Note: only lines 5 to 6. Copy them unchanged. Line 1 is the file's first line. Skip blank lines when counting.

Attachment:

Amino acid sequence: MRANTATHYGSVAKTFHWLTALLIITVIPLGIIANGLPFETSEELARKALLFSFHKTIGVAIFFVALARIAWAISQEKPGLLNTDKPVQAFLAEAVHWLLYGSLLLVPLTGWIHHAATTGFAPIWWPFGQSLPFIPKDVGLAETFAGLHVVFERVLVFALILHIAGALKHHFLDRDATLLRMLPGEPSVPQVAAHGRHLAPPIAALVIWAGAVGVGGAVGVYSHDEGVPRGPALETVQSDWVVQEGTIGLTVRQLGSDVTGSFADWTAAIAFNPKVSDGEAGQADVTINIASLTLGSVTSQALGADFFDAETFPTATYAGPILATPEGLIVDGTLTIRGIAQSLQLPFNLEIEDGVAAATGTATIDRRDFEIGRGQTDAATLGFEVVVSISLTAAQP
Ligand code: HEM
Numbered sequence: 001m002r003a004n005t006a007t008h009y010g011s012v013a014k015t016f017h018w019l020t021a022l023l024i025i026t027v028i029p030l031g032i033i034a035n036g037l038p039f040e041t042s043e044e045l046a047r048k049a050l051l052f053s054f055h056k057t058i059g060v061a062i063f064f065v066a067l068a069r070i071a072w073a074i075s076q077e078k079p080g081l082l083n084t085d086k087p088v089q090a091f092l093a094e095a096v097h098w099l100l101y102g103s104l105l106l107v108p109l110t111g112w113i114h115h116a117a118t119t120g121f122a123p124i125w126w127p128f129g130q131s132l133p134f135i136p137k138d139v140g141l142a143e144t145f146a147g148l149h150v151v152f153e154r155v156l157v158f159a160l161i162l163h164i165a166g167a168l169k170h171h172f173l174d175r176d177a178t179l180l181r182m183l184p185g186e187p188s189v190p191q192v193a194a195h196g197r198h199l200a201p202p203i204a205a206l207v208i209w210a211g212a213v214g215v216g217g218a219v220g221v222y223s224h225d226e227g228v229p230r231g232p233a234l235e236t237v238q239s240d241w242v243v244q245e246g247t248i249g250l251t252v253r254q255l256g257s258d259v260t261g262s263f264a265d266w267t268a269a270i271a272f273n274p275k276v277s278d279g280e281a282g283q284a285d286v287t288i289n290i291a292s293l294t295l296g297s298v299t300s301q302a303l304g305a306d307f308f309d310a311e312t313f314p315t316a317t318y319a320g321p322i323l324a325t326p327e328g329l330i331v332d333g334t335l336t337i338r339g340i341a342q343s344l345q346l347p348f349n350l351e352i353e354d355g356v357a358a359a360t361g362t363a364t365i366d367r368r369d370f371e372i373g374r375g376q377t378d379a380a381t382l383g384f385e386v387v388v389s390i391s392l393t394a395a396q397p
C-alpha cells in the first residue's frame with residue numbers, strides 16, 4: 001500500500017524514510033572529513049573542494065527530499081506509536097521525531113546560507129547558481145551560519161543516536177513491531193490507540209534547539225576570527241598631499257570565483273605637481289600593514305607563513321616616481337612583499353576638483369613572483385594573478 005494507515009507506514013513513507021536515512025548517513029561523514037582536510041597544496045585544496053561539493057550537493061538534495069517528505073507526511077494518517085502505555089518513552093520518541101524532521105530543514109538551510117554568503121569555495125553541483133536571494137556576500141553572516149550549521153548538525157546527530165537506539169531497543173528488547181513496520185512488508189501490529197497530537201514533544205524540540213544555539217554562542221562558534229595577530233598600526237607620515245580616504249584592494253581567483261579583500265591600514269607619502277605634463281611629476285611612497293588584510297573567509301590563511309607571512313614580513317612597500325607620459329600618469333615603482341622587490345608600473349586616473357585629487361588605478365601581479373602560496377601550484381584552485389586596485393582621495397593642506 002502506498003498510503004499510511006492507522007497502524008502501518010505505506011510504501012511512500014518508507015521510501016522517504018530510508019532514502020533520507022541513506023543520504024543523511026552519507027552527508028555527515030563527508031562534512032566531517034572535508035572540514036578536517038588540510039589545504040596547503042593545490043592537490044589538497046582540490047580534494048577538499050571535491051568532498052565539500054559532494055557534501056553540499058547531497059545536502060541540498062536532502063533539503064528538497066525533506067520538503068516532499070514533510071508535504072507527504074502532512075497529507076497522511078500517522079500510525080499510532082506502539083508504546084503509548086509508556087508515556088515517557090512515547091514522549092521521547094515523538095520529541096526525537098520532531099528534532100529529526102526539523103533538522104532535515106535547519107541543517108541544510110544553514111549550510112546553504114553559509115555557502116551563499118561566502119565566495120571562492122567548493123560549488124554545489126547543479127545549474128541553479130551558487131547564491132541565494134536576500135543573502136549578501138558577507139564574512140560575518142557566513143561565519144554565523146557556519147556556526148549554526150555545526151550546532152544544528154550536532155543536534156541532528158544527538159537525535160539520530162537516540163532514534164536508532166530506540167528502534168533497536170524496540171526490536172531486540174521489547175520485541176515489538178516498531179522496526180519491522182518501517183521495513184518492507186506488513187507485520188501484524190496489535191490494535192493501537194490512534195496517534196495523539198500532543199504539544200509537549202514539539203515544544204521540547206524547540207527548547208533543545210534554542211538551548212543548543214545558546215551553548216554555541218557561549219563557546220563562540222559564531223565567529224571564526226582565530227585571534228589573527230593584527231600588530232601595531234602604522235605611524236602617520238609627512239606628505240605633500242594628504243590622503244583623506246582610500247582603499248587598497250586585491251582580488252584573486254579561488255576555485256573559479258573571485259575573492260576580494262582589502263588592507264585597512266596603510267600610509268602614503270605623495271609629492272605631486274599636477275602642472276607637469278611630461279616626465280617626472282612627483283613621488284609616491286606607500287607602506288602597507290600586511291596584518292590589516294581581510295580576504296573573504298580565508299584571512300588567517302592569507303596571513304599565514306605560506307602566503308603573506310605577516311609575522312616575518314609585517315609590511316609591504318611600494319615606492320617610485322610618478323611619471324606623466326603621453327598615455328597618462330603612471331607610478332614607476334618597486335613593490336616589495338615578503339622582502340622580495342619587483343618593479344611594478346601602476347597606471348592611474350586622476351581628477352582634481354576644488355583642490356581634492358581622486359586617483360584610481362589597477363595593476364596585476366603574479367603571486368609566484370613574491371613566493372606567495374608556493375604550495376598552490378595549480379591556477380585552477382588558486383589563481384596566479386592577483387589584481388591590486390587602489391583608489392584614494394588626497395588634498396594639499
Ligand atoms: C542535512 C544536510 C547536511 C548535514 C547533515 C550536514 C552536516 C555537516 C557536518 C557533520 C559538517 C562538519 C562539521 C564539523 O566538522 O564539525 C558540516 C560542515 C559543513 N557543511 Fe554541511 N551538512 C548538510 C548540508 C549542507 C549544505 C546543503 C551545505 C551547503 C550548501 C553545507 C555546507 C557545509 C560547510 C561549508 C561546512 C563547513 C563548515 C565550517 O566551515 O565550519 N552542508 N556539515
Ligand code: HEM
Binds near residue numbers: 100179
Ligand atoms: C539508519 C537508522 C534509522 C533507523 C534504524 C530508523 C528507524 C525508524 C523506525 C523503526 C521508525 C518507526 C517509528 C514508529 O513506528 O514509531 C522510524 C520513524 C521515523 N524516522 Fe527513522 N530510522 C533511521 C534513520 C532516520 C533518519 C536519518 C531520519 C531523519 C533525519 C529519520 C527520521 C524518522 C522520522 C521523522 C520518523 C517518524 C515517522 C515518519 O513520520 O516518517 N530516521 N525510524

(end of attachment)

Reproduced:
Ligand atoms: C542535512 C544536510 C547536511 C548535514 C547533515 C550536514 C552536516 C555537516 C557536518 C557533520 C559538517 C562538519 C562539521 C564539523 O566538522 O564539525 C558540516 C560542515 C559543513 N557543511 Fe554541511 N551538512 C548538510 C548540508 C549542507 C549544505 C546543503 C551545505 C551547503 C550548501 C553545507 C555546507 C557545509 C560547510 C561549508 C561546512 C563547513 C563548515 C565550517 O566551515 O565550519 N552542508 N556539515
Ligand code: HEM